Experts: Civilians Not Ready for EMP-Caused BlackoutPosted: April 21, 2014
Peter Vincent Pry, executive director of the Task Force on National and Homeland Security and director of the U.S. Nuclear Strategy Forum, both congressional advisory boards, said the technology to avoid disaster from electromagnetic pulses exists, and upgrading the nation’s electrical grid is financially viable.
“The problem is not the technology,” Pry said. “We know how to protect against it. It’s not the money, it doesn’t cost that much. The problem is the politics. It always seems to be the politics that gets in the way.”
He said the more officials plan, the lower the estimated cost gets.
“If you do a smart plan — the Congressional EMP Commission estimated that you could protect the whole country for about $2 billion,” Pry told Watchdog.org. “That’s what we give away in foreign aid to Pakistan every year.”
In the first few minutes of an EMP, nearly half a million people would die. That’s the worst-case scenario that author William R. Forstchen estimated in 2011 would be the result of an EMP on the electric grid — whether by an act of God, or a nuclear missile detonating in Earth’s upper atmosphere.
An electromagnetic pulse is a burst of electromagnetic energy strong enough to disable, and even destroy, nearby electronic devices.
The scenario sounds like something in a Hollywood film, but the U.S. military has been preparing its electronic systems for such an event since the Cold War. The protective measures taken to harden facilities against a nuclear attack also help in some cases to protect against EMPs.
The civilian world is another story.
States have been working to fill in the legislative and regulatory gap left by Congress, as previously reported by Watchdog.org, and private companies have been developing technologies that would protect against EMPs.
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Much focus during the past several years has been placed on society’s cybersecurity vulnerabilities. Sophisticated computer hackers working in secret, most likely sponsored by nation-states, can steal identities, money and even potentially hijackairplanes.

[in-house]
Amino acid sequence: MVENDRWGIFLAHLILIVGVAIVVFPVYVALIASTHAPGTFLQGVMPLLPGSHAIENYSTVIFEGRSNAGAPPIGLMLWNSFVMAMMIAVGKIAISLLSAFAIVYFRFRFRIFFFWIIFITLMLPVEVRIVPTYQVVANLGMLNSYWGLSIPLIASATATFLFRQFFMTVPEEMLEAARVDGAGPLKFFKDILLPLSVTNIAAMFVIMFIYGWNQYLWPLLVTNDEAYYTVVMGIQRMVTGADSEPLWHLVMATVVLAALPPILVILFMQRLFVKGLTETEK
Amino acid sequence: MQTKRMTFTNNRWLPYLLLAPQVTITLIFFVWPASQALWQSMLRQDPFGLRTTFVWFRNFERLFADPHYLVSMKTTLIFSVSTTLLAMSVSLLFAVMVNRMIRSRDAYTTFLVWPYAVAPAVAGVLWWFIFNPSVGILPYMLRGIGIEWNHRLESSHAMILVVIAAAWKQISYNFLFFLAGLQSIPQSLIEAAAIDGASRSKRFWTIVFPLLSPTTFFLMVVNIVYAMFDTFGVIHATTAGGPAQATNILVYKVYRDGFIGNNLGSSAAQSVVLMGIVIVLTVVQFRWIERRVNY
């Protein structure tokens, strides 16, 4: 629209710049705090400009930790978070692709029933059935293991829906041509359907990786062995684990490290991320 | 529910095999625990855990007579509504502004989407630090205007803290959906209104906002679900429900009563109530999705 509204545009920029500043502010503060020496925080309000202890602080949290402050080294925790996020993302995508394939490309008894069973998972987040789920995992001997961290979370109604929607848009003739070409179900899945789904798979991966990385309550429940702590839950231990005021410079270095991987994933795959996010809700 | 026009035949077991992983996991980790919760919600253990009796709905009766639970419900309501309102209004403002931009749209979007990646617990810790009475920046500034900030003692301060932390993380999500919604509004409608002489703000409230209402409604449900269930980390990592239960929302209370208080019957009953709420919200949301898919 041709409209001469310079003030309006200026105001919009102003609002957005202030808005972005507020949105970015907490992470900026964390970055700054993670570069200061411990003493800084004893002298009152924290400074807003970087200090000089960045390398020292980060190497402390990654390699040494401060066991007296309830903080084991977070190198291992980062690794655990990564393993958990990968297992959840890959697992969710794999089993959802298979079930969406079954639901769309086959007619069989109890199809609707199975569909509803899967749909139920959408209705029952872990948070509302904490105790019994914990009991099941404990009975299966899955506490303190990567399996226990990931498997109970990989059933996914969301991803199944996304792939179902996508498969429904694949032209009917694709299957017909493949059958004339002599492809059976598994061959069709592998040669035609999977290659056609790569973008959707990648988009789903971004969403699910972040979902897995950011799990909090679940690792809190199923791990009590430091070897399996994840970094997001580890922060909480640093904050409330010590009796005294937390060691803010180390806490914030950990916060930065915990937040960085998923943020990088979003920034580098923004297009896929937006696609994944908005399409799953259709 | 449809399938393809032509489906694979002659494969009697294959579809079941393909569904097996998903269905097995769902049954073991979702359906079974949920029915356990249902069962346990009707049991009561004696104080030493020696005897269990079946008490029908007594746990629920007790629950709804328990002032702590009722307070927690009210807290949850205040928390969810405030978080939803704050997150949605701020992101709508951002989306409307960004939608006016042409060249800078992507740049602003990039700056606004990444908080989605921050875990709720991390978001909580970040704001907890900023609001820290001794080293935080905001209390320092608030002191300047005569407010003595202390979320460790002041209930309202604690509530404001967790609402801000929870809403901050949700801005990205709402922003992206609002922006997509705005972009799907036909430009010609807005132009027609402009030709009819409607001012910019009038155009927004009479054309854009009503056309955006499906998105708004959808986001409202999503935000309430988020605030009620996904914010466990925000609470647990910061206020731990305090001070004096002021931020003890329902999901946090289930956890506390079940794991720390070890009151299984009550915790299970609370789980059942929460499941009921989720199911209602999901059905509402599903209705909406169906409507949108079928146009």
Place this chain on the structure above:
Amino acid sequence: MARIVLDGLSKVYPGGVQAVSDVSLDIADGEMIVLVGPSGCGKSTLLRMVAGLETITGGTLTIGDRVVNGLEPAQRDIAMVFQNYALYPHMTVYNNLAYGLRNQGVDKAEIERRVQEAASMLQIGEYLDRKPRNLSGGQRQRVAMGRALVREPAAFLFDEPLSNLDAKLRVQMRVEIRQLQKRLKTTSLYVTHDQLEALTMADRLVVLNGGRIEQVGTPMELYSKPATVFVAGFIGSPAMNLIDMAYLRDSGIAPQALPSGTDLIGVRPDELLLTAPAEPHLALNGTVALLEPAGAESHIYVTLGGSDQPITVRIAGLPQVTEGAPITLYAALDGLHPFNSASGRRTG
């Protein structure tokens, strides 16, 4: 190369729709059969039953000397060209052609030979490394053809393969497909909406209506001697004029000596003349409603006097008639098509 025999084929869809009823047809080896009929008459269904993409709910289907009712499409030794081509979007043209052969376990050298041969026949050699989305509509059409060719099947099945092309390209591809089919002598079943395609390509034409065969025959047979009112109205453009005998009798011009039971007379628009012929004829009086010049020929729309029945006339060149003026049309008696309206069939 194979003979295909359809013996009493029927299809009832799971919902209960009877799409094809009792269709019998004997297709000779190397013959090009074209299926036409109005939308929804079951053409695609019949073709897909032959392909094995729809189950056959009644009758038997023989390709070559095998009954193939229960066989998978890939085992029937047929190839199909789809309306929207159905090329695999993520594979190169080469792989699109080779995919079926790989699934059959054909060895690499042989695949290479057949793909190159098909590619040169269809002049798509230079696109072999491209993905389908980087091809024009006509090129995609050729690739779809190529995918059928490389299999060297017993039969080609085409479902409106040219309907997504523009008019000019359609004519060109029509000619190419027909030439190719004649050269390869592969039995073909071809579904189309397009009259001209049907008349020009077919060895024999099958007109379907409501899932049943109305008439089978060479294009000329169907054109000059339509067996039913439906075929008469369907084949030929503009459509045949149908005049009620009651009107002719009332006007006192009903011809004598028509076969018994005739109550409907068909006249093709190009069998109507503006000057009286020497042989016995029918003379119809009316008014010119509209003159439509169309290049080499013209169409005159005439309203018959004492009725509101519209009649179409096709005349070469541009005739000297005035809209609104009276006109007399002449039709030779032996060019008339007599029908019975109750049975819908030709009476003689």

National Geographic, in the movie American Blackout, explored the catastrophic effects a cyberattack on the grid would have on society.
Cyberattacks against the grid are possible. Stuxnet, the computer virus developedby the United States and Israel to sabotage Iran’s nuclear enrichment program, demonstrated that such an attack is not only possible, it can be done.
Computer viruses are software programs designed to attack specific entities. But even computers need electricity, otherwise they are little more than expensive paper weights…(read more)
Contact Josh Peterson at firstname.lastname@example.org. Follow Josh on Twitter at @jdpeterson
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- What Really Happened to the Malaysian Flight MH 370? (world-mysteries.com)
- An electromagnetic pulse attack – the ‘other’ Iranian nuclear threat (timesofisrael.com)
- Congress wakes up to cataclysmic threat (wnd.com)
- What Are You Going To Do When A Massive EMP Blast Fries The U.S. Electrical Grid? (fromthetrenchesworldreport.com)
- Whom will you call when EMP shuts down U.S.? (wnd.com)
- The Difference Between an EMP and a Solar Flare (patriotrising.com)
- Iran’s ‘Dry Run’ For A Nuclear EMP Attack On East Coast (patriotnetdaily.com)
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